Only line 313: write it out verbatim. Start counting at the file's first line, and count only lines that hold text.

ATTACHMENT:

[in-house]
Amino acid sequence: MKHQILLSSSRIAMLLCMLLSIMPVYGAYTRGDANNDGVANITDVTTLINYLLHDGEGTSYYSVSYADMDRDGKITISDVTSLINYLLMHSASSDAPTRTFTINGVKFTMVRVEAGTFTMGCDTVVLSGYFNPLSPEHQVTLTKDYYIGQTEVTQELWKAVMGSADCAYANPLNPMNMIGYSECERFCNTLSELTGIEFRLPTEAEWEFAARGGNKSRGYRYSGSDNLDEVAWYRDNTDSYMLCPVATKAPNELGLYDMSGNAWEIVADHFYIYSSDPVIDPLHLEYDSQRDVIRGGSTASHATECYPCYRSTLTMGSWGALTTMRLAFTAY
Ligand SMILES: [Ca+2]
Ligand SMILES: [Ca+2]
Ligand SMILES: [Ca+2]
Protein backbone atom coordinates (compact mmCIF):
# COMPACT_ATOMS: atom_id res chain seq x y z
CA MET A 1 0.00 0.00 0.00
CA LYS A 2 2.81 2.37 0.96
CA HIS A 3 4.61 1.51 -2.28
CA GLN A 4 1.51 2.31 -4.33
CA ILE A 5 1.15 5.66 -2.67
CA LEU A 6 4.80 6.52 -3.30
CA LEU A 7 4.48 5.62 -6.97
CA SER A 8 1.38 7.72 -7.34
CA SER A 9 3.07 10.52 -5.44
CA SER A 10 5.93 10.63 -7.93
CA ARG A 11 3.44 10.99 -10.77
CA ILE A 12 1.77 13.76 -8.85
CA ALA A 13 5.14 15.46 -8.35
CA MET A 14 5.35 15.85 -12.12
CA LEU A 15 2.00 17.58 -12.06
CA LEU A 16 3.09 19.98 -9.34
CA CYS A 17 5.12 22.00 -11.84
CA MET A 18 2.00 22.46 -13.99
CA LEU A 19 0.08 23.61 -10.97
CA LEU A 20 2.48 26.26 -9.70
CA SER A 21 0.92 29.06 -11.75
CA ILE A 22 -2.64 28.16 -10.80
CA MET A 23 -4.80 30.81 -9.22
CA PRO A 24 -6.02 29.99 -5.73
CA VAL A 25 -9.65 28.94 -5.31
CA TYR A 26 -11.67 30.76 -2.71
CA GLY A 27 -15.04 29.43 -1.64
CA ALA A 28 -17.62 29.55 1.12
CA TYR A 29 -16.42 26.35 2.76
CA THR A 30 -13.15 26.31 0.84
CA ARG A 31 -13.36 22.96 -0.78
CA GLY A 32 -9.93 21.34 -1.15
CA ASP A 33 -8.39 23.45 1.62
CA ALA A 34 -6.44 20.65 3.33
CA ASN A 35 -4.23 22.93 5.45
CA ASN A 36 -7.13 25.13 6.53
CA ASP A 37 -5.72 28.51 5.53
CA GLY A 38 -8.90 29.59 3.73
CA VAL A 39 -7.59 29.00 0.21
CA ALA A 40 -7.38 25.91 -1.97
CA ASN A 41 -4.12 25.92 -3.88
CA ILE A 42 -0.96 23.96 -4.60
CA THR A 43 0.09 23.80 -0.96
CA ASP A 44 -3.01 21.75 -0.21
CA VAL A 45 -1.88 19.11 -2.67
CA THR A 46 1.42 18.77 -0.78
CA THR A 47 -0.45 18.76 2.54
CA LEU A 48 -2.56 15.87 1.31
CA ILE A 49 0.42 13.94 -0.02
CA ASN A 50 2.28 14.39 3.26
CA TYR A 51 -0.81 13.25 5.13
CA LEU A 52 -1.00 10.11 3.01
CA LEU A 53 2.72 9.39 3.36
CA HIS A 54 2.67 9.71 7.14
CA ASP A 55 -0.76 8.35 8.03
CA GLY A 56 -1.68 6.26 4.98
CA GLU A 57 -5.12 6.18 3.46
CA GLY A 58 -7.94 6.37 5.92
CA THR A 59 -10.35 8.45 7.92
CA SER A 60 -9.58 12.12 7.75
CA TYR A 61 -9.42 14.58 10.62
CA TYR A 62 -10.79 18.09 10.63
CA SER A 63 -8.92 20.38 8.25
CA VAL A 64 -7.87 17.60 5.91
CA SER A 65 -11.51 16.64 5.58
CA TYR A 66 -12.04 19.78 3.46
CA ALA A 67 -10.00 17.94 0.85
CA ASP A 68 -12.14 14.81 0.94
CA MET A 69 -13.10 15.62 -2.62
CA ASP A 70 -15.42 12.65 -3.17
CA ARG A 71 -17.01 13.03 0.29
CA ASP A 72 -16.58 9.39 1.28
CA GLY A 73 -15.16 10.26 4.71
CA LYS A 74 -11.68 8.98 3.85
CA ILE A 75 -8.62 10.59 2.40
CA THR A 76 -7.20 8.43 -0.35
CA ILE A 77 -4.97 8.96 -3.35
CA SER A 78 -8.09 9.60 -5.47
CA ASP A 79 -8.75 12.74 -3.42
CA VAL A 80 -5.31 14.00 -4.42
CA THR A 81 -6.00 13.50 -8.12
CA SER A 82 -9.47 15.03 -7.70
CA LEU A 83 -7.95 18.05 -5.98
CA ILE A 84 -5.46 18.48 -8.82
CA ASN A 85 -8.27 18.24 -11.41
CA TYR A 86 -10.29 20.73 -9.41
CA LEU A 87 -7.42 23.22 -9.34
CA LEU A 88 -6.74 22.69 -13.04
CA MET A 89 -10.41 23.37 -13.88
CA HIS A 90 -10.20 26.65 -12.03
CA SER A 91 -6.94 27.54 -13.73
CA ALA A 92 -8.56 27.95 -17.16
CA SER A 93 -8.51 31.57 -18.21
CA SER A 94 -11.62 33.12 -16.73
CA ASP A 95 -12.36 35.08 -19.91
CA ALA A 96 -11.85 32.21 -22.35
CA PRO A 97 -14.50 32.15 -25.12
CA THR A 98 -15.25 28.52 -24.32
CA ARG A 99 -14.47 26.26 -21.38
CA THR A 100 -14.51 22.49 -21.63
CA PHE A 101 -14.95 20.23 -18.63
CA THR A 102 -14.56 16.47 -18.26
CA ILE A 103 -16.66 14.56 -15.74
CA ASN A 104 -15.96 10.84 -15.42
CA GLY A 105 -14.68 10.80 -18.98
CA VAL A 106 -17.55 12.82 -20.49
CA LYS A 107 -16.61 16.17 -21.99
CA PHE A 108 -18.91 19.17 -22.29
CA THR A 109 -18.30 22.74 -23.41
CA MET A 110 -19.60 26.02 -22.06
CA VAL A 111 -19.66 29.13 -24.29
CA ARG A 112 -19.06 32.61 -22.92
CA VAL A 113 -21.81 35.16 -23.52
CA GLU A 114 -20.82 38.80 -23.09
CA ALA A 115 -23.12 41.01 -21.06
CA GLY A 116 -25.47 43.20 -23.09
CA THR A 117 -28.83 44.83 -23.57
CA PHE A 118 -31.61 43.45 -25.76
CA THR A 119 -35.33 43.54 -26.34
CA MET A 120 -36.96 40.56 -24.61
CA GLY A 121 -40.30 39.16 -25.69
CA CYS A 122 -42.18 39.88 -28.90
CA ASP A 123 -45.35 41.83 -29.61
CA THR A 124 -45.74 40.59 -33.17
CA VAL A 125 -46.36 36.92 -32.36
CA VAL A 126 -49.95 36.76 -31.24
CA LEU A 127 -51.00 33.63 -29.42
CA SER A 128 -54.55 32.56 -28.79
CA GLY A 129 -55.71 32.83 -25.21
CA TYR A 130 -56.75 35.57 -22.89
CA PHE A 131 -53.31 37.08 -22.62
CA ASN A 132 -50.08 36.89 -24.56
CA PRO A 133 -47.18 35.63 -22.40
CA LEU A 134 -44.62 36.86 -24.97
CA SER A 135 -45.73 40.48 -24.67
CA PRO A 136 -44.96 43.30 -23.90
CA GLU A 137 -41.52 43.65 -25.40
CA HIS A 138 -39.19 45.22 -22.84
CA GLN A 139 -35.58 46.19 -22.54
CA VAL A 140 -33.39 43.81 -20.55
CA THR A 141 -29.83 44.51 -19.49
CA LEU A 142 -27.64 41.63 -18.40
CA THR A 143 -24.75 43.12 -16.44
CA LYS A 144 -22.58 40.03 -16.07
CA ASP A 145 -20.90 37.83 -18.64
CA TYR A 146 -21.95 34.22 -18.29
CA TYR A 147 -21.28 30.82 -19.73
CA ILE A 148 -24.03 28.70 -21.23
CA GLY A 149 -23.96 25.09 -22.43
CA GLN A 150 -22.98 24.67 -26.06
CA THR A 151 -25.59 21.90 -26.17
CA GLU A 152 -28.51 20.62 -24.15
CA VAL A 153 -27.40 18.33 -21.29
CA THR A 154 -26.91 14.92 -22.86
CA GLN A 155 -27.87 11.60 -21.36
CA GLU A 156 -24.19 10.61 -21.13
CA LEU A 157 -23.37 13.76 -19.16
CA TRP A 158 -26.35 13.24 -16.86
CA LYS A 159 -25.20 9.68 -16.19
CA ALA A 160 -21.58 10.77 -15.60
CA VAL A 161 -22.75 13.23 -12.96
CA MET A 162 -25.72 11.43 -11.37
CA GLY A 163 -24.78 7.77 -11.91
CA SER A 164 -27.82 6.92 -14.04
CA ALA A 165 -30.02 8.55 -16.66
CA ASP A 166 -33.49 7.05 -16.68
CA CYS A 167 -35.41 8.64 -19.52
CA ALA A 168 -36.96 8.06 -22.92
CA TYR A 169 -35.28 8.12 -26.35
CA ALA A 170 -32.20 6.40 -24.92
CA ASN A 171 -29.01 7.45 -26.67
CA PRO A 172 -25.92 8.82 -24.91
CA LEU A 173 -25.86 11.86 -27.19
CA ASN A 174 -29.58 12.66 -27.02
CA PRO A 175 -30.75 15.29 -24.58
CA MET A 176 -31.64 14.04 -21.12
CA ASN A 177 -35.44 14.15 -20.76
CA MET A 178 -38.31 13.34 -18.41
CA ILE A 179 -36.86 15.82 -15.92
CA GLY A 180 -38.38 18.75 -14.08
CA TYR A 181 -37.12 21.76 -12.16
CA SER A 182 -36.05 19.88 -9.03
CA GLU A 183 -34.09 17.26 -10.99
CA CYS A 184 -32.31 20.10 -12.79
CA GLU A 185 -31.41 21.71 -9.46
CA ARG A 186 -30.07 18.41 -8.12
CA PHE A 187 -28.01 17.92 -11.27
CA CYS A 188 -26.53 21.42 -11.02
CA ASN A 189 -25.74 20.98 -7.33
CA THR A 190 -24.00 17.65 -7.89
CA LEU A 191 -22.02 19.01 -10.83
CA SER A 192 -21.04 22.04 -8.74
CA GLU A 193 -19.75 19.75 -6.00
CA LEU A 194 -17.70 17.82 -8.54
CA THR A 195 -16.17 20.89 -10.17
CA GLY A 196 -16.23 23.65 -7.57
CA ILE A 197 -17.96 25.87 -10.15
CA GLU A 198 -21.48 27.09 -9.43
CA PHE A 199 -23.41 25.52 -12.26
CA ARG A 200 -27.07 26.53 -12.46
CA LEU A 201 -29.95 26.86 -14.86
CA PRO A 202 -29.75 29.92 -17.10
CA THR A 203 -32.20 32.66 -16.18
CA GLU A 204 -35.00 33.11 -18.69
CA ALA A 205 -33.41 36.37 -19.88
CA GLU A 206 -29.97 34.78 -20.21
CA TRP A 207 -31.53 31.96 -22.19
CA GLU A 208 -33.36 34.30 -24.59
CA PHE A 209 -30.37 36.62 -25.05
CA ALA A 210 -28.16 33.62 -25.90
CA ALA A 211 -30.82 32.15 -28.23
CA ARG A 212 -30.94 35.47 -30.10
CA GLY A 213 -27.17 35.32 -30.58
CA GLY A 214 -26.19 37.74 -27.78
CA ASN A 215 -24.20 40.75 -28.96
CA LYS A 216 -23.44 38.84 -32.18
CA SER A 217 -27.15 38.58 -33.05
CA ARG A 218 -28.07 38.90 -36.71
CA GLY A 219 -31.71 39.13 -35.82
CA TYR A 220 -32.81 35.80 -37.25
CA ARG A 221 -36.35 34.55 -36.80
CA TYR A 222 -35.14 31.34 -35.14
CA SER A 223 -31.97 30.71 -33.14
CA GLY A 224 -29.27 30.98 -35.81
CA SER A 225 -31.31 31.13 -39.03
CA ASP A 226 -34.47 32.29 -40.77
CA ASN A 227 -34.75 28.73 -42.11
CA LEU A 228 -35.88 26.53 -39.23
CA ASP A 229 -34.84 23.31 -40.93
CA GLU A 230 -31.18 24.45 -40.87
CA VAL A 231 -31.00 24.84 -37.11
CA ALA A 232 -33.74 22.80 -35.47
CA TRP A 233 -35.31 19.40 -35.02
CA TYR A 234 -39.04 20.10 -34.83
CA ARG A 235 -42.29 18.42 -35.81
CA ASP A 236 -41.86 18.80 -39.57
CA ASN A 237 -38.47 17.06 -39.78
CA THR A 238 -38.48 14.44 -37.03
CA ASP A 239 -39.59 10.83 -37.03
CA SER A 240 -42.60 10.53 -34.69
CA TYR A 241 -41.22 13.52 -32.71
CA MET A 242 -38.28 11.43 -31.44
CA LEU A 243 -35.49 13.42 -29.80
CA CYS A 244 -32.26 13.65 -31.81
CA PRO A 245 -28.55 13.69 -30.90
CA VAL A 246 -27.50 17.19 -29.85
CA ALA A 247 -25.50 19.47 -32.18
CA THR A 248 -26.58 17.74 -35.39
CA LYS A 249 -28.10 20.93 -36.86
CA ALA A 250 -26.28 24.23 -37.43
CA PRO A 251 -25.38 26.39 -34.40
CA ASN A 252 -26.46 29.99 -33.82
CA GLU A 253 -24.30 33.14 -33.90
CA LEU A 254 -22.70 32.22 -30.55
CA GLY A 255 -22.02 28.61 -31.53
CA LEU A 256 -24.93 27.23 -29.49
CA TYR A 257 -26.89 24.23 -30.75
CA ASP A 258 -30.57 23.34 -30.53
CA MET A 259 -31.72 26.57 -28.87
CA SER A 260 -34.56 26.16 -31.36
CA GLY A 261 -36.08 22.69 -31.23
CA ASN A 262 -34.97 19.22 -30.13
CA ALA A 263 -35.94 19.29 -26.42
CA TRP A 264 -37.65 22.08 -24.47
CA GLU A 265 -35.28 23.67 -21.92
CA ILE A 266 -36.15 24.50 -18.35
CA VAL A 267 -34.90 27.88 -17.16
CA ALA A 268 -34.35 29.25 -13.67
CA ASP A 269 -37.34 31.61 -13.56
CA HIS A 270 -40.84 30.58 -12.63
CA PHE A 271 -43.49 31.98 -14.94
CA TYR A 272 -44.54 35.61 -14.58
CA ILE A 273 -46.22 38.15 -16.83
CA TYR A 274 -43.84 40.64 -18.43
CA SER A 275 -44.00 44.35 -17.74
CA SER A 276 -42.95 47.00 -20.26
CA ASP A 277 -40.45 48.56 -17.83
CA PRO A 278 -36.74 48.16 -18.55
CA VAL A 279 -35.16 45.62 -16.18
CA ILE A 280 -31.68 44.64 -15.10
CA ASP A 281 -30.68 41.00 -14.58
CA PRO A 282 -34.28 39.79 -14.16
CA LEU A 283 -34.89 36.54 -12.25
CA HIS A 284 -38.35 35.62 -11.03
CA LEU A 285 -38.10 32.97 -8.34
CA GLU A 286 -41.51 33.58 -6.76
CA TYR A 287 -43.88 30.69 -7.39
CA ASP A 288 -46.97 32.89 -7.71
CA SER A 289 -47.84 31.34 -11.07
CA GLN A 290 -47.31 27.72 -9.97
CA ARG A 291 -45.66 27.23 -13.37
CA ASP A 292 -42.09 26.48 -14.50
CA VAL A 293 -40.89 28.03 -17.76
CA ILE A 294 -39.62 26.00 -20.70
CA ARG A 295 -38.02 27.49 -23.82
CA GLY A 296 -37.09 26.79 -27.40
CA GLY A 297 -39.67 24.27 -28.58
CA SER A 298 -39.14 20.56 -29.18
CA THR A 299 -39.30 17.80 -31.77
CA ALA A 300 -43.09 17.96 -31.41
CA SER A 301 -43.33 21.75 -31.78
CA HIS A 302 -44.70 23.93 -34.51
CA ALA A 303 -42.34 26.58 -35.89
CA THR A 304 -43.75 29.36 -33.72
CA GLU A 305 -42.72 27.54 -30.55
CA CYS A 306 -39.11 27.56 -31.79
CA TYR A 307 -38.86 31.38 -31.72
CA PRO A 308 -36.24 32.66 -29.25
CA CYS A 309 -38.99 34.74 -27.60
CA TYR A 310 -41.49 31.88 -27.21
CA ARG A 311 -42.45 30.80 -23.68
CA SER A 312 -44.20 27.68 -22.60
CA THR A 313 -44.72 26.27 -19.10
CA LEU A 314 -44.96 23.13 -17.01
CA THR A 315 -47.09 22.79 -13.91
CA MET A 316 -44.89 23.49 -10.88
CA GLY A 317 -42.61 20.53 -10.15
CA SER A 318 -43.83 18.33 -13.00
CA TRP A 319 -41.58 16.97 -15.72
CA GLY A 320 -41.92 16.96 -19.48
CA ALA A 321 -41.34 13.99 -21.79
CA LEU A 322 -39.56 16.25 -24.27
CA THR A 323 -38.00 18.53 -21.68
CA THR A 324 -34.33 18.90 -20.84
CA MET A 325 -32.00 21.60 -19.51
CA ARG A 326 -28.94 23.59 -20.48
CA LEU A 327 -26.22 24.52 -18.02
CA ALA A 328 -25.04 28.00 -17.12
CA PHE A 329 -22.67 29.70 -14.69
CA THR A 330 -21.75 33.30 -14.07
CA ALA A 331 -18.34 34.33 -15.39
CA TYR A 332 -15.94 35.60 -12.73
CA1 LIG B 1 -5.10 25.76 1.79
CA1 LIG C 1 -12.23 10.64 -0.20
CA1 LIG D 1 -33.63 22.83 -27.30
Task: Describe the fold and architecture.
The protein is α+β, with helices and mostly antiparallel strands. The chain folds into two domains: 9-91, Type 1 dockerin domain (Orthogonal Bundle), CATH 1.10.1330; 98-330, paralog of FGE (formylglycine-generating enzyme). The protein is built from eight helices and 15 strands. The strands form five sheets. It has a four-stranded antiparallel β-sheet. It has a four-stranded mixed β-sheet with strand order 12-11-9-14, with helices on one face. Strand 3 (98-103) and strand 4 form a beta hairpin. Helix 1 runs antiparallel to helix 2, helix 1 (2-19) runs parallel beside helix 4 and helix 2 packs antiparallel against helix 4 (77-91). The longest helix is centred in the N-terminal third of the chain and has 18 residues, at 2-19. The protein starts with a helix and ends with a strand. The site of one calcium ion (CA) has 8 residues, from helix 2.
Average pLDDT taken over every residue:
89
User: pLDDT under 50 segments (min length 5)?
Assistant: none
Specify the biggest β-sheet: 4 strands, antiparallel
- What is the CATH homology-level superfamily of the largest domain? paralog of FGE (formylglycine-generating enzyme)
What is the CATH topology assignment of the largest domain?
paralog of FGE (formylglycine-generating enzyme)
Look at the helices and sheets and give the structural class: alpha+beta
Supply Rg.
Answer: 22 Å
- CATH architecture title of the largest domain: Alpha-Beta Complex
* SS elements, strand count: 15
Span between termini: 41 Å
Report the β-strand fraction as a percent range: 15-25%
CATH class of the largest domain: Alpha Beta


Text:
CA CYS A 306 -39.11 27.56 -31.79